Across education, certification and licensure, there are repeated calls for the development of assessments that target higher-order thinking, as opposed to mere recall of facts. A common assumption
is that this necessitates the use of constructed response or essay-style test questions; however, empirical evidence suggests that this may not be the case. In this paper, it is argued that multiple-choice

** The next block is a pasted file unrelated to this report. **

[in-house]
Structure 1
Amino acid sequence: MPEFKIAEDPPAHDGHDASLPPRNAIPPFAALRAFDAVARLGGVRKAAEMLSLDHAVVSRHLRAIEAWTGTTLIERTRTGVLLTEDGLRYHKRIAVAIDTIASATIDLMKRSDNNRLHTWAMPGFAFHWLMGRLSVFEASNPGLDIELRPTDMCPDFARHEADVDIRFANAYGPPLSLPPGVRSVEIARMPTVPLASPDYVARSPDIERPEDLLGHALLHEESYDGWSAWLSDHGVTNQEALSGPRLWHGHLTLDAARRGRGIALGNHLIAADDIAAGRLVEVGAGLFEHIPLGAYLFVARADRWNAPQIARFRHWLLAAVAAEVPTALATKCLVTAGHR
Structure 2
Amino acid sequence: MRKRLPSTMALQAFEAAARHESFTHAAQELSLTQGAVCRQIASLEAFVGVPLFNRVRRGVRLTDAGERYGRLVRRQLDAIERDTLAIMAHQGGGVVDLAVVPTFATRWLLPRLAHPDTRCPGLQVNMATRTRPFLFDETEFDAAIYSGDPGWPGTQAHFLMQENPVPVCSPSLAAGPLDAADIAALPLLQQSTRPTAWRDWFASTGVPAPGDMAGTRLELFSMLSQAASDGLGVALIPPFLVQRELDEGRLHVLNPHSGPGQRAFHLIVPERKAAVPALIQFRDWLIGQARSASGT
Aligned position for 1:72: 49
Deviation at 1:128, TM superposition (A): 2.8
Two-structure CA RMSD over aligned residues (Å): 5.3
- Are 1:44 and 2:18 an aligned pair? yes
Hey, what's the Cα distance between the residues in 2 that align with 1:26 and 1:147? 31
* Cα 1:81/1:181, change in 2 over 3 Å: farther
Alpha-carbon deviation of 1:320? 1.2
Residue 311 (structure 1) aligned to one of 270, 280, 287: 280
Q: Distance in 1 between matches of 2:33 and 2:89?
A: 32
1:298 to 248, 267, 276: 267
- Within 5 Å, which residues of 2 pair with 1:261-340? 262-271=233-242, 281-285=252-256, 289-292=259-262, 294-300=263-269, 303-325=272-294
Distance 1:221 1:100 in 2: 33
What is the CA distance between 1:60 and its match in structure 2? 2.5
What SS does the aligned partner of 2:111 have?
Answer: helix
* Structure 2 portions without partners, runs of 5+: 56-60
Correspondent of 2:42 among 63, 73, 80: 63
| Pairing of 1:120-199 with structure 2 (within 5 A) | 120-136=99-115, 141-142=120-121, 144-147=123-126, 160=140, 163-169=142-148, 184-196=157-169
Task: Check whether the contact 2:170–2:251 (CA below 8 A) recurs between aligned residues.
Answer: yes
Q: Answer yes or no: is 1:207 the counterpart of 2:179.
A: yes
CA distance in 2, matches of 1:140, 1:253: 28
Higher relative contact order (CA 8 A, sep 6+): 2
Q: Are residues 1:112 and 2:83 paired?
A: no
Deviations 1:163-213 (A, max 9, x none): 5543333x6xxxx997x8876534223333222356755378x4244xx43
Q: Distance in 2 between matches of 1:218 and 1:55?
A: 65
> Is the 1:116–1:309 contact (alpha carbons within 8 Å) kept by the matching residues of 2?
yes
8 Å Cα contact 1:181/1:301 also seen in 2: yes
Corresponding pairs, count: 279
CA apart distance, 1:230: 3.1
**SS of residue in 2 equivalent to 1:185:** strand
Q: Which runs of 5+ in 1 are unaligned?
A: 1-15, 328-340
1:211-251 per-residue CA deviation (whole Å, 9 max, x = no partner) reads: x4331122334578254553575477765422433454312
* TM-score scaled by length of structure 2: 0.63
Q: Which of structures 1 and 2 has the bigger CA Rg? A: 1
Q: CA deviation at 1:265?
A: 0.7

items have the capacity to assess certain higher-order skills. In addition, a series of practical recommendations for test developers seeking to purposefully construct such items is provided.